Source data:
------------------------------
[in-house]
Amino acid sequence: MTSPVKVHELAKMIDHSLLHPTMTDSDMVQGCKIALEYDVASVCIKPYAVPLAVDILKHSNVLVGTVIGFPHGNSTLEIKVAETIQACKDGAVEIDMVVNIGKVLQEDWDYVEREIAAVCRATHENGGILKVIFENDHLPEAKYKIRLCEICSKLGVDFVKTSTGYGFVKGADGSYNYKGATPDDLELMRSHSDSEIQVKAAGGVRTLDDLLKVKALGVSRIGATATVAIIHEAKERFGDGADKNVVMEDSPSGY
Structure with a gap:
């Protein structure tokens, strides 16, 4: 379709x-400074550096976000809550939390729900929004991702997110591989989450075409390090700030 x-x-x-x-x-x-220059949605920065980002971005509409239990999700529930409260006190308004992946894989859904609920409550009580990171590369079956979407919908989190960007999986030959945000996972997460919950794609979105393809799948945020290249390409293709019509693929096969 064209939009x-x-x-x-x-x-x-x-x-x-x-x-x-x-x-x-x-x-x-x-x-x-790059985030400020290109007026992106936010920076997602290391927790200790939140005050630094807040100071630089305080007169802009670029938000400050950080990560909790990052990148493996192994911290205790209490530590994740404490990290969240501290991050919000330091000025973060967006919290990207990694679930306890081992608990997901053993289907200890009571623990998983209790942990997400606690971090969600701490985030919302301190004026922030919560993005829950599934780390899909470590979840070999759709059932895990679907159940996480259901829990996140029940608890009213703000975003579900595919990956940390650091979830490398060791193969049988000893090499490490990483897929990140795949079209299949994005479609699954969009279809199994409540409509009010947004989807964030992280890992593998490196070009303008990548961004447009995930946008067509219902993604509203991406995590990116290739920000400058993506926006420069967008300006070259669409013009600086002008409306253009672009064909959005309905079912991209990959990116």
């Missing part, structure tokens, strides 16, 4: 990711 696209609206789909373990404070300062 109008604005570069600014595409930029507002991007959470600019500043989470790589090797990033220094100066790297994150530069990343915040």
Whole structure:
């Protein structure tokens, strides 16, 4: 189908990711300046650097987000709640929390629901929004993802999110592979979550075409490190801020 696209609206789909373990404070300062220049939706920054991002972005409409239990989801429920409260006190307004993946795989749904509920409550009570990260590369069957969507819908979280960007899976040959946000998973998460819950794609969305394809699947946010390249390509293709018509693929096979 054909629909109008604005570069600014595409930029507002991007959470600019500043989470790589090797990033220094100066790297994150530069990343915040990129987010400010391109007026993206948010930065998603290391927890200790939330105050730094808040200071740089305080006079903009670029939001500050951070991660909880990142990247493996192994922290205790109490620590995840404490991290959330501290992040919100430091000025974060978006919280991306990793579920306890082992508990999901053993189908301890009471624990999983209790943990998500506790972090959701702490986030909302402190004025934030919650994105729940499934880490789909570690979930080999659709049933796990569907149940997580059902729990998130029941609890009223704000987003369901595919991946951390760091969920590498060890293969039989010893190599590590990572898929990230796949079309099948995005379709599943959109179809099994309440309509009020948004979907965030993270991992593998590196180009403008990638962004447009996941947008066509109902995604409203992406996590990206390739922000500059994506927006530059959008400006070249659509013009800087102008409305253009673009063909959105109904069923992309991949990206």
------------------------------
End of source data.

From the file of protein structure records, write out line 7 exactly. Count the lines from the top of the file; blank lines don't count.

């Protein structure tokens, strides 16, 4: 189908990711300046650097987000709640929390629901929004993802999110592979979550075409490190801020 696209609206789909373990404070300062220049939706920054991002972005409409239990989801429920409260006190307004993946795989749904509920409550009570990260590369069957969507819908979280960007899976040959946000998973998460819950794609969305394809699947946010390249390509293709018509693929096979 054909629909109008604005570069600014595409930029507002991007959470600019500043989470790589090797990033220094100066790297994150530069990343915040990129987010400010391109007026993206948010930065998603290391927890200790939330105050730094808040200071740089305080006079903009670029939001500050951070991660909880990142990247493996192994922290205790109490620590995840404490991290959330501290992040919100430091000025974060978006919280991306990793579920306890082992508990999901053993189908301890009471624990999983209790943990998500506790972090959701702490986030909302402190004025934030919650994105729940499934880490789909570690979930080999659709049933796990569907149940997580059902729990998130029941609890009223704000987003369901595919991946951390760091969920590498060890293969039989010893190599590590990572898929990230796949079309099948995005379709599943959109179809099994309440309509009020948004979907965030993270991992593998590196180009403008990638962004447009996941947008066509109902995604409203992406996590990206390739922000500059994506927006530059959008400006070249659509013009800087102008409305253009673009063909959105109904069923992309991949990206």